Sum of contributions in your group: $sum$.
This amount is multiplied by 1.5, yielding $product$.
Each group member receives an equal share: $share$.

Your earnings

Points kept for yourself: $keptForSelf$.
Your share from the group project: $share$.

Your total earnings in this round: $earningsThisPeriod$.

Stage 6: Questionnaire

Once the decision making part of the experiment is over, you might want to add a questionnaire stage. Add a new stage, again by clicking the '+' sign in the rightmost tab. Add a new numeric input element for the question 'What is your age?'. For these numeric inputs you need to define a range of allowed values. Then, add a discrete choice element for the question 'What is your gender?'. For the numeric element for the age you should now be able to define it. For the discrete choice, you can specify the question in the 'text' field. At the bottom of this element you can define the text inside each of the choice options that the participants will choose from. In the 'value' field of each choice option you have to specify the value as it will be recorded in the database (which, for this element type, stores the responses as numbers). Ensure that the button allows participants to proceed if possible.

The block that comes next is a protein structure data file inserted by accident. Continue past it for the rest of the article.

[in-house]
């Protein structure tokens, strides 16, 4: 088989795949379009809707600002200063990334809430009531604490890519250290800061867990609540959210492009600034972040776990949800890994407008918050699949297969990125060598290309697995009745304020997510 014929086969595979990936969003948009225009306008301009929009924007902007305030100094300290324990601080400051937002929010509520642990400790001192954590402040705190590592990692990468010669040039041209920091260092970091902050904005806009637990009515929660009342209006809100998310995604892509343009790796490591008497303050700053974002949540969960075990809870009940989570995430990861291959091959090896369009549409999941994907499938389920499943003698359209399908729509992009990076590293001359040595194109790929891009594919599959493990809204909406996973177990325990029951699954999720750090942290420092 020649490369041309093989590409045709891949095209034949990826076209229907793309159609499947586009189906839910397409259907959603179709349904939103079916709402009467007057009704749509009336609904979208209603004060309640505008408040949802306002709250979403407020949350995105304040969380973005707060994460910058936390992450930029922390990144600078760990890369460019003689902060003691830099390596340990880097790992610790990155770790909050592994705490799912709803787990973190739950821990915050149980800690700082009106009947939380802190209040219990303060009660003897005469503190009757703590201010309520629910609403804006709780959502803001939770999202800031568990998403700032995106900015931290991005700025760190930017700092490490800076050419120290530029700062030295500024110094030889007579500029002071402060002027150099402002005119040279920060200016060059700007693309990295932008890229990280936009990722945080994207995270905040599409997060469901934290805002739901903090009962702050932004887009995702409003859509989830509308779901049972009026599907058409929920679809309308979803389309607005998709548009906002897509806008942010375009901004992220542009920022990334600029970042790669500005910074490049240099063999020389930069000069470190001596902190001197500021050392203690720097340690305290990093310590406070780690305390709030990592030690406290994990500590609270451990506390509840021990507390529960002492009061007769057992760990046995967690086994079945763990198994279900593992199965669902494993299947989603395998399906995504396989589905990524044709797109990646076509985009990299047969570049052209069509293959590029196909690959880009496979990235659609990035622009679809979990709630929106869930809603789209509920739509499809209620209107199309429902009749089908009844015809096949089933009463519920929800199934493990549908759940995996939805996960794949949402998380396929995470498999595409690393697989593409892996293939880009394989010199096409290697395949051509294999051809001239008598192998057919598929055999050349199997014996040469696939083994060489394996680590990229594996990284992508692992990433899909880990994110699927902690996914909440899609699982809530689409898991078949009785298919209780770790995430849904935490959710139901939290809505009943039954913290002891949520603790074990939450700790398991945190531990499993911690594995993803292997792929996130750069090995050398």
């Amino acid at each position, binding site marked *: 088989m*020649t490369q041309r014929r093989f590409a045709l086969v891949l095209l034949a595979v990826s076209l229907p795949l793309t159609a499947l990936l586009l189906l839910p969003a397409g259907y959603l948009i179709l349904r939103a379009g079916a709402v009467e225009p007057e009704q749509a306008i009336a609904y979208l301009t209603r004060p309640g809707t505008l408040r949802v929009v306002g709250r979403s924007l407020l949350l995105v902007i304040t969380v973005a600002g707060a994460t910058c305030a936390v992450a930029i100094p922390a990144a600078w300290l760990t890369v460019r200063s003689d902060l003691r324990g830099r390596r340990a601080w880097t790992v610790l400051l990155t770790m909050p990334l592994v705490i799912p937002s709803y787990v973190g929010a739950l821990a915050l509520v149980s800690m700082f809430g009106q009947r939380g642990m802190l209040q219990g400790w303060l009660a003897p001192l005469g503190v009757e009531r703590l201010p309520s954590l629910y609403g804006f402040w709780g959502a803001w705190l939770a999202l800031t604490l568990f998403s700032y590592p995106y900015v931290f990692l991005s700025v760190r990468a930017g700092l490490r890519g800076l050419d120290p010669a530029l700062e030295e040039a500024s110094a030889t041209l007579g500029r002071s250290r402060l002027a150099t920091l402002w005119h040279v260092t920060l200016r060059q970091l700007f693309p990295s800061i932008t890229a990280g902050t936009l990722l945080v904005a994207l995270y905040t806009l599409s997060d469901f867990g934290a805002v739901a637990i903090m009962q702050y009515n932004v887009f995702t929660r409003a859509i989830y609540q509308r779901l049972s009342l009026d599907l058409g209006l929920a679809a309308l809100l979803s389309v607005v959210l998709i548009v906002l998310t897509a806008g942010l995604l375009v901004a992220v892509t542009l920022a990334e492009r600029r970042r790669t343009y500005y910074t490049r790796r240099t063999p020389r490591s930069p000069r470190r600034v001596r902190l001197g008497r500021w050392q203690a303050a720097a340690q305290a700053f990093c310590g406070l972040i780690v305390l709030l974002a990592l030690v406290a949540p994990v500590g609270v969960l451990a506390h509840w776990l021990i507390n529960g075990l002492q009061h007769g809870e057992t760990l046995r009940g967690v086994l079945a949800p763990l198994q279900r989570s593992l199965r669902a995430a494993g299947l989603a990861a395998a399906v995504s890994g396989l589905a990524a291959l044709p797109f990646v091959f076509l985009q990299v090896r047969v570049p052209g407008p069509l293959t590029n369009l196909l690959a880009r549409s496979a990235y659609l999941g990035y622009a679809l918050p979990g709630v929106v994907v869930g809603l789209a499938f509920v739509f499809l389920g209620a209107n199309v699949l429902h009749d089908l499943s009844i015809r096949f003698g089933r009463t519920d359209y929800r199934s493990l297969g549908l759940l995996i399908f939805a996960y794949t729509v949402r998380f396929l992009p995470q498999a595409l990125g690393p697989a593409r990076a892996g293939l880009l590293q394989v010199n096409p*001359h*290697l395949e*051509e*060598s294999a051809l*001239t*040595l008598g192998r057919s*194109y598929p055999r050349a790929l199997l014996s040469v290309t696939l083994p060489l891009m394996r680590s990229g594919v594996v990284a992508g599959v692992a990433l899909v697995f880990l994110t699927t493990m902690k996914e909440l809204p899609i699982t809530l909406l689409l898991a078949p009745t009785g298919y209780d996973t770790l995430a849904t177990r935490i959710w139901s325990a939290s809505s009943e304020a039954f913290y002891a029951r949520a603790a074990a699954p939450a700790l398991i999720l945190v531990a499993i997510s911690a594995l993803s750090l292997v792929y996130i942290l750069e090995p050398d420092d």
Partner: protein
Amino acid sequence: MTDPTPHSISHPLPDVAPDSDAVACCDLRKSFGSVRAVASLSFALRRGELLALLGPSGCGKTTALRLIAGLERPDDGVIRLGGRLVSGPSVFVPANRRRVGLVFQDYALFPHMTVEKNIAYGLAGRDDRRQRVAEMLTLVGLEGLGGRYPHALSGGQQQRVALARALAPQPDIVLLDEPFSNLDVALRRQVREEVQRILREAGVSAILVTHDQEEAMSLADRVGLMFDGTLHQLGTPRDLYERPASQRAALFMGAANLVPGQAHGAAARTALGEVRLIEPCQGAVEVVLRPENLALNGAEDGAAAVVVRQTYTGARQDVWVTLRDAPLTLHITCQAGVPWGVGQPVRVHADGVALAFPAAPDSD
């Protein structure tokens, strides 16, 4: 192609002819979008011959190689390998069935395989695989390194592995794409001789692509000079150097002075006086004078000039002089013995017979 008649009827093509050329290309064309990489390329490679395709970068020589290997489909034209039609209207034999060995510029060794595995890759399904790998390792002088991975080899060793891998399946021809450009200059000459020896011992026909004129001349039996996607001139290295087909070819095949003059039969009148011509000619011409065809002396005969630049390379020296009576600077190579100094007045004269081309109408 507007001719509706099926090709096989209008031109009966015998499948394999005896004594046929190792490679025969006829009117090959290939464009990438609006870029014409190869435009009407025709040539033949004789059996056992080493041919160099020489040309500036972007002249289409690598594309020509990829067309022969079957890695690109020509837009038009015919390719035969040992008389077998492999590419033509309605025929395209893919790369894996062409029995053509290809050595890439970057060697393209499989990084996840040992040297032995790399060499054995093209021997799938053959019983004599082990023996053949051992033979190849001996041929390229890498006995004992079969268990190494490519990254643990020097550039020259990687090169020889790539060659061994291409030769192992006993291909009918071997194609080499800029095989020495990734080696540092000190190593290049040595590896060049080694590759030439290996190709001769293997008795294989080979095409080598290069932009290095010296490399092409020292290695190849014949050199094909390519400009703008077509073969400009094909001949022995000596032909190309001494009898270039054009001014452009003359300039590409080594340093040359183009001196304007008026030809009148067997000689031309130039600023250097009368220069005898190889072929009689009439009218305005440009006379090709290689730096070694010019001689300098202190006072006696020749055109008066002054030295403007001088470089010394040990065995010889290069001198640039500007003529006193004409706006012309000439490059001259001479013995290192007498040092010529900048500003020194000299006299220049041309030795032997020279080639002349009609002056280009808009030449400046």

Stage 7: Final earnings

You have arrived at defining the final stage of the experiment. Add a new stage with the '+' sign. On this page you will sum the earnings of each participant and display it on their screen. To do this, we will sum the participant's earnings across all rounds. In the text box you can write the total earnings (in experimental points and real currency) to the participants' screen. Note the variable 'exchangeRate', which is defined in the parameters.